When Kyle Allen declared for the NFL draft with one year of eligibility left at the University of Houston in early 2018, the response was mostly some variation on, “um, okay?” Allen’s college football career wasn’t exactly distinguished.
The quarterback was a five-star recruit out of high school, considered perhaps the best pro-style prospect in the nation. Kevin Sumlin, who led Texas A&M in 2014 as he sought a replacement for Johnny Manziel, persuaded him to take his arm to College Station. As a true freshman, Allen claimed the starting job midway through the season. He was impressive—especially relative to the unranked program’s expectations—and entered 2015 as an entrenched starter.
That season didn’t go as planned, though. After a 5-0 start, Allen backslid—he threw three pick-sixes against Alabama, and posted a 35 percent passer rating against Ole Miss. Sumlin, looking for a spark, turned to Kyler Murray as his starting quarterback. The two QBs went on to trade starts for A&M that season, without much success—in the final eight games of the year, the team went 3-5—before both transferred to other schools.
Allen landed at the University of Houston, attracted to the idea of playing with the Cougars’ then-head coach, Tom Herman. Per NCAA rules, Allen sat out the 2016 season, then emerged as the team’s starter in 2017. He lasted three games in that role, before being benched once again. He made sporadic appearances off the bench as a Cougar that season, then declared for the 2018 NFL Draft—where he was not selected. Before the start of the season, he signed as an undrafted free agent with the Carolina Panthers.
When Allen decided to go pro, his prospects were not widely lauded. Houston sports blog House of Houston wrote about the decision with the headline: “Why Kyle Allen’s NFL Draft decision is perplexing,” tracing how little he had for NFL scouts to look at.
The fact that Allen went undrafted wasn’t a surprise—but what’s happened in Carolina since then is. He spent time in 2018 on the practice squad before being promoted to the active roster following an injury to starter Cam Newton. In the last game of the season—after an injury to Newton’s primary backup—Allen made his first NFL start. He acquitted himself well in a meaningless game, passing for two touchdowns and rushing for a third in a win over the playoff-bound New Orleans Saints’ backups.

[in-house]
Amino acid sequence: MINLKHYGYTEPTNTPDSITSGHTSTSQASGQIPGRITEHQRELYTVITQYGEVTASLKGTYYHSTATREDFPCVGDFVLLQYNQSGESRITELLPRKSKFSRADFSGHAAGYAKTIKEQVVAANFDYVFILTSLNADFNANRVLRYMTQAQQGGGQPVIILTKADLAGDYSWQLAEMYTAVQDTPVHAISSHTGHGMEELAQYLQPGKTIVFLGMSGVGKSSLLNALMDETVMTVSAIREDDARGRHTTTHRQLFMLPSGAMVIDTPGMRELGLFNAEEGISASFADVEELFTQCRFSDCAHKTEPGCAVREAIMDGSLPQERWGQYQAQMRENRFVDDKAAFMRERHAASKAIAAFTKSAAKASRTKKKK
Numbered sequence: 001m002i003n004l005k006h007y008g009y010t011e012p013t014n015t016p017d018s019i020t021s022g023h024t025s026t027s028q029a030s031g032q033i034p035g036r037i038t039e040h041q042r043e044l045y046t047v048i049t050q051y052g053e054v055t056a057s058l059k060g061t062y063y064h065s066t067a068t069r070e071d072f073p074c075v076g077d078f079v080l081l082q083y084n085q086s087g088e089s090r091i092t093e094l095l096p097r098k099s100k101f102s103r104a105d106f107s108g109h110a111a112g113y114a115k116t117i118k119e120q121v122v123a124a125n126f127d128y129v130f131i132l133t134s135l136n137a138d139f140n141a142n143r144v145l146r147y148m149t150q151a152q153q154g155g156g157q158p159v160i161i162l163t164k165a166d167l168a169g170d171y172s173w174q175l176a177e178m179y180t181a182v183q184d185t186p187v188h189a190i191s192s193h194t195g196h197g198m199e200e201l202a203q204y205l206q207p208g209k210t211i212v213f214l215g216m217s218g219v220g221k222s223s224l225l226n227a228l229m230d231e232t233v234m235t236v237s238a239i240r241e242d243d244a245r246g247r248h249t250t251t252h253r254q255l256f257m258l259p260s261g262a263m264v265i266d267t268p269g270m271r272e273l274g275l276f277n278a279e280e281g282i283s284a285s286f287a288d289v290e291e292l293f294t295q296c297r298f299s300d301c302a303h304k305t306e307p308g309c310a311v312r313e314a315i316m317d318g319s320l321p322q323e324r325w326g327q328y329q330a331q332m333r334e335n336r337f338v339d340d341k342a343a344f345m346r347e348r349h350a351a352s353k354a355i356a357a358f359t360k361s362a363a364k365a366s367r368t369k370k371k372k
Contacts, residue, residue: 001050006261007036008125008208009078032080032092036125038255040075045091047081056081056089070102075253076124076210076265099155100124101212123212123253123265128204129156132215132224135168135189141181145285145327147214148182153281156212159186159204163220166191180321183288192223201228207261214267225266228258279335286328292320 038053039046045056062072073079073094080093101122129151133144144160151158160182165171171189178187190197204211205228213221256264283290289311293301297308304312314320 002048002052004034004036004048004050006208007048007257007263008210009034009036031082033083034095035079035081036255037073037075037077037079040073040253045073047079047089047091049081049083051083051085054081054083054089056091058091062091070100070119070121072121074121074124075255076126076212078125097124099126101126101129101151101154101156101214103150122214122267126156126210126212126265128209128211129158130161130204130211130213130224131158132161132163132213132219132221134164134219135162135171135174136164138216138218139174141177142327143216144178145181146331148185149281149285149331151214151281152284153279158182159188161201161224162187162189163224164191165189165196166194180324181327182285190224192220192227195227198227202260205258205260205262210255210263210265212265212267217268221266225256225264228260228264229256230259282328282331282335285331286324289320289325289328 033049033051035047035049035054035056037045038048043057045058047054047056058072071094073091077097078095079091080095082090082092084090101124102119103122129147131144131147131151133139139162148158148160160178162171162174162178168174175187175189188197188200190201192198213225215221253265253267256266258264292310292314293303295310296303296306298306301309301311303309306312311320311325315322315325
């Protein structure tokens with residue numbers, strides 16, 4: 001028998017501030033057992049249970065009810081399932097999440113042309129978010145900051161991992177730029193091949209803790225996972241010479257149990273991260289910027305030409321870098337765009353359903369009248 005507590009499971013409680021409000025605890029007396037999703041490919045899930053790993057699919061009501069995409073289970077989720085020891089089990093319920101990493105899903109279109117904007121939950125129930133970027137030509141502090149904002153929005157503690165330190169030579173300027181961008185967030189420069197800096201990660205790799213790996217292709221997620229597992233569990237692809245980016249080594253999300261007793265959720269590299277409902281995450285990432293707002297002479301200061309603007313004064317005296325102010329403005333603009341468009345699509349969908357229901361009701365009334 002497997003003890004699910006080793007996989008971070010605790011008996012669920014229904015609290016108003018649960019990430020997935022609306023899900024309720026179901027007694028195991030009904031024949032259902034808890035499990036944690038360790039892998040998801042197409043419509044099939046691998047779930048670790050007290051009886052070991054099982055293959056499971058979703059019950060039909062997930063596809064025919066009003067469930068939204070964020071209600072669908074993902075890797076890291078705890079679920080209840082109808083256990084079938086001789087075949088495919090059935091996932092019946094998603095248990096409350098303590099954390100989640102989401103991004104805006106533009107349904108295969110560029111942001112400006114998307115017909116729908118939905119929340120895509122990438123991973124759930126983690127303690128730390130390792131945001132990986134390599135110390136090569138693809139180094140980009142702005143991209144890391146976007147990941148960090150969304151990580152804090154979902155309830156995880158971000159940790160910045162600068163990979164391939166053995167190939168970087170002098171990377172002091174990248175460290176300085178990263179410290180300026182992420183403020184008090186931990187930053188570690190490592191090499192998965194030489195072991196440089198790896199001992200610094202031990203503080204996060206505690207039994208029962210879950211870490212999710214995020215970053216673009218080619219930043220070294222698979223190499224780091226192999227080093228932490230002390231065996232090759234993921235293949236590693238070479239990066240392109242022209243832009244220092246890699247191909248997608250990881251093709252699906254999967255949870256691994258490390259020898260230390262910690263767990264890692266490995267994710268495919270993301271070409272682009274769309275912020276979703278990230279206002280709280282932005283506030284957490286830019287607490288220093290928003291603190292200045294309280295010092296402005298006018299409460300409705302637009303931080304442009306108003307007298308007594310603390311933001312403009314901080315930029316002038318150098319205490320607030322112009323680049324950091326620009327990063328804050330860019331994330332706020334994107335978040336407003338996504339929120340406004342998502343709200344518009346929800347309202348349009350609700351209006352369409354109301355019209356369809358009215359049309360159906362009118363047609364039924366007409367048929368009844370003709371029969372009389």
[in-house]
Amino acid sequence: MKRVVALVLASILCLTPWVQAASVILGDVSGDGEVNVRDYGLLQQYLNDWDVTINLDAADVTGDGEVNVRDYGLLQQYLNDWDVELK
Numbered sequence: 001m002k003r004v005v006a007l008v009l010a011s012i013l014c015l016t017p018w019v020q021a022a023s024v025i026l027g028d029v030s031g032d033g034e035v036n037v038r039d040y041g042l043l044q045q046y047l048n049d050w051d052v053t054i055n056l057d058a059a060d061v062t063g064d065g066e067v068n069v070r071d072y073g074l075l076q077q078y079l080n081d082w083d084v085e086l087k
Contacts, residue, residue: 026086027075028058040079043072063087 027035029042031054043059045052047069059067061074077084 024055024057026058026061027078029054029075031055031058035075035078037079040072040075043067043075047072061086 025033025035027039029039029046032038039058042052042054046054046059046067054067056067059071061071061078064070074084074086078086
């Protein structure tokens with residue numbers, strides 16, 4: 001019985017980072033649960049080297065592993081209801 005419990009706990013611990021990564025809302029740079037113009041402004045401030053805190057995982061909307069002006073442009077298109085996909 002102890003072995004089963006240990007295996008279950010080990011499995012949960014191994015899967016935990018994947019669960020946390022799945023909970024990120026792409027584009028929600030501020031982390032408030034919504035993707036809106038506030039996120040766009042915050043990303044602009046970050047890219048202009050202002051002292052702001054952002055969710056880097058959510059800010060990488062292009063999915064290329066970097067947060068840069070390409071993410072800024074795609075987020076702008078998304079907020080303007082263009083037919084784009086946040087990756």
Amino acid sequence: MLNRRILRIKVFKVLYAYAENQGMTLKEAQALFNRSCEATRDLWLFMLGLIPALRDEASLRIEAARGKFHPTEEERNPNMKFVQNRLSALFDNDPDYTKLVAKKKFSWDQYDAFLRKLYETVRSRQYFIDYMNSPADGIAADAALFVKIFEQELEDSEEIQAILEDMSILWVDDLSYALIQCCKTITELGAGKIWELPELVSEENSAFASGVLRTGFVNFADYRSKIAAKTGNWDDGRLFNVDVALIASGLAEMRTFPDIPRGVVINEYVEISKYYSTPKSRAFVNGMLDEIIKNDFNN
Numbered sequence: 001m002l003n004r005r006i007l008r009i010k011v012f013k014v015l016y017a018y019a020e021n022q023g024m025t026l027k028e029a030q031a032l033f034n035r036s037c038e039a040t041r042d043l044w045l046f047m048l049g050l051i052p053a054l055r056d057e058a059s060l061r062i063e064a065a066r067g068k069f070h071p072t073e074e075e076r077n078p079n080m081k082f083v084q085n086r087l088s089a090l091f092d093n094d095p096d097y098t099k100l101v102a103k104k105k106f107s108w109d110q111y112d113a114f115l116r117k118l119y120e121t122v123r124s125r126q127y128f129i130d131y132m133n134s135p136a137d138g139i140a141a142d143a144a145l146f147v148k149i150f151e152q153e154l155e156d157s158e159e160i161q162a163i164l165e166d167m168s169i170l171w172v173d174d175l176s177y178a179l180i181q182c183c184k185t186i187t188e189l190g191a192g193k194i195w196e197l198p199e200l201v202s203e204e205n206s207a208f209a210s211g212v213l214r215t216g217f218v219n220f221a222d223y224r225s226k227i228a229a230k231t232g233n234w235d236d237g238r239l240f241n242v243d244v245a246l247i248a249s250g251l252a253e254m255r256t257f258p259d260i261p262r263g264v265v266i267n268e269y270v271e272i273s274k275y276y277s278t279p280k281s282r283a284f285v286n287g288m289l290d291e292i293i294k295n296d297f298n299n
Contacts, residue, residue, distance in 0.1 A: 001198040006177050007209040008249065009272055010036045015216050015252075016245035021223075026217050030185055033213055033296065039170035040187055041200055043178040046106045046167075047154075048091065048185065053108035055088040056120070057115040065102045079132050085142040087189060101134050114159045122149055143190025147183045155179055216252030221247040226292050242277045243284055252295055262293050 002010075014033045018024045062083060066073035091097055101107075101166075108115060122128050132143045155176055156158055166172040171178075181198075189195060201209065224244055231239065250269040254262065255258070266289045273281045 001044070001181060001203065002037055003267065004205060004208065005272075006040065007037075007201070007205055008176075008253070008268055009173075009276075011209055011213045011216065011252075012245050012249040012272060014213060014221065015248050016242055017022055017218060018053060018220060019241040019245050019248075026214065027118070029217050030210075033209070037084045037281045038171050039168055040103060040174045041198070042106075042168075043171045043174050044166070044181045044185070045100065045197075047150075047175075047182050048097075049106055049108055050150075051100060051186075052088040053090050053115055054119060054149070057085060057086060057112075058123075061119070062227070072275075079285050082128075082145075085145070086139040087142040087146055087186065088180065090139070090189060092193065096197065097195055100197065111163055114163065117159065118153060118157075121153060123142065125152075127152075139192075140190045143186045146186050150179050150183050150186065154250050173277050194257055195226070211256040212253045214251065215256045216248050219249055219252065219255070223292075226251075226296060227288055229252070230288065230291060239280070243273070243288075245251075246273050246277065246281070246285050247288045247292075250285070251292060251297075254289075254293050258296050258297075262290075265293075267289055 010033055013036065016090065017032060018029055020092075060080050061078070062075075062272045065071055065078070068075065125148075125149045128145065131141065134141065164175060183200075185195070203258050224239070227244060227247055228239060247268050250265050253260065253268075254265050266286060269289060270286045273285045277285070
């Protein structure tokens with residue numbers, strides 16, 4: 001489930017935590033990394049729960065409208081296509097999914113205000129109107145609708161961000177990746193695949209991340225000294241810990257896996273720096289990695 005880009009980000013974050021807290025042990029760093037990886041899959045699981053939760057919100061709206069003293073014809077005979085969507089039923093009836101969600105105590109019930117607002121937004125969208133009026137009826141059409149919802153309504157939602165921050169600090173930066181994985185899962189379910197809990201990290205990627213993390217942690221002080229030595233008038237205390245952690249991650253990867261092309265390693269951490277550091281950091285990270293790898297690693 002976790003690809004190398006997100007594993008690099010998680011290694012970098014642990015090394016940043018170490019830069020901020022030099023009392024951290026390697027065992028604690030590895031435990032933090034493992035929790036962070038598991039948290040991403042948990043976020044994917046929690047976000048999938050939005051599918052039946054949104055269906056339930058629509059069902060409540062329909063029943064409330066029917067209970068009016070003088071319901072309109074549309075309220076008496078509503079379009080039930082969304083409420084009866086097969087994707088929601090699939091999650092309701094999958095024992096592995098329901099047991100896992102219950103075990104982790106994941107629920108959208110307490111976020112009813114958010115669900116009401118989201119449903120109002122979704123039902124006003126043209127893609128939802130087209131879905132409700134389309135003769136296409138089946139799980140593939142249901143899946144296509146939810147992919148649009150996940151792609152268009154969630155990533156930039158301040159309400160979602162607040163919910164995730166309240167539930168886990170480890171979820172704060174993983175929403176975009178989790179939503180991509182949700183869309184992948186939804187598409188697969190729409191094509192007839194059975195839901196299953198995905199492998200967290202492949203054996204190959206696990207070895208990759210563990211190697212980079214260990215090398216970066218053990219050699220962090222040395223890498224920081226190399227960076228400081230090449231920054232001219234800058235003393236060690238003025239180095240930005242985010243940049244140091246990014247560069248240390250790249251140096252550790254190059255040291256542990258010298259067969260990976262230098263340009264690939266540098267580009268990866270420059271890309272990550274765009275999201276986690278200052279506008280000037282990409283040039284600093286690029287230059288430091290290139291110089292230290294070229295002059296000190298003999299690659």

The win did snap the Panthers’ losing streak, though, and Allen impressed brass enough that they rode into the 2019 season with him as Newton’s primary backup. And after a rough start to the season, Newton—who’d been playing through shoulder and foot injuries—sat out in week three against the Arizona Cardinals. In his stead, Allen suited up (opposite his former teammate/foil Kyler Murray, the top overall pick in the 2019 NFL Draft)—and tossed four touchdowns in a 38-20 win.
Those were the first four touchdown passes the Panthers completed all season, and so it’s no surprise that instead of rushing Newton back to the field, they’ve decided to let him rest his foot and send Allen back to Houston to play against the Texans on Sunday. Now the Panthers are suddenly facing a mini-QB controversy. Allen looks great—he’s the second quarterback in NFL history to throw for six touchdowns and no interceptions in his first two starts (the other, also an undrafted free agent, was Hall of Famer Kurt Warner), with a bright future ahead of him. It’d have been unthinkable a year ago, but Cam Newton is now in a position where he might lose his job to Kyle Allen, even when he’s back up and running.
There’s a lot out there about the implications of this that we could unpack. The fantasy football consequences, what it means for a talented Panthers team’s 2019 season, if this is another example of people rooting for Newton to fail—but we’re wondering how y’all feel, Aggies and Cougars.
Allen never delivered on his potential as a college football player, and it’s rare that a college bust lands in the NFL as a star. Two games is an extremely small sample size, though, so it’s risky to anoint Allen right now. He had a lot of impressive games at A&M and Houston before doing things like tossing 3-4 interceptions in a single game and grinding his team’s hopes into the dust beneath his heel. Is his success with the Panthers an illusion?
There’s reason to believe it might be. Allen’s 5-0 start in 2015 was against schools like Ball State and unranked Nevada and Arkansas squads. When he took on Alabama and Ole Miss, he couldn’t compete. At Houston, he played great against Arizona and Rice, but blew it when he had to play Texas Tech. So far as an NFL starter, Allen played a Saints team that had already clinched its playoff berth and was starting backups. Then he overtook the NFL’s thirtieth-best defense, the Arizona Cardinals—a team playing like the NFL equivalent of Ball State.
So there’s a version of this story that says that Allen’s finally cracked the game at the NFL level, and he’s on a Kurt Warner-like trajectory from unknown to future superstar. But there’s another one more familiar to fans of Allen’s Texas stops that says that this is just what the guy does: he plays well for a few games, and then ends up riding the bench after a miserable performance.
We don’t know yet if that’s how Kyle Allen’s NFL career will go. We might not find out this week, as Allen returns to Houston to take on a middling Texans defense. But either way, the question of whether Allen is for real, or if this is the same mirage that fans saw in College Station and at the University of Houston is one that he’ll try to answer on the field—at least for as long as Cam Newton can afford to rest his foot on the bench.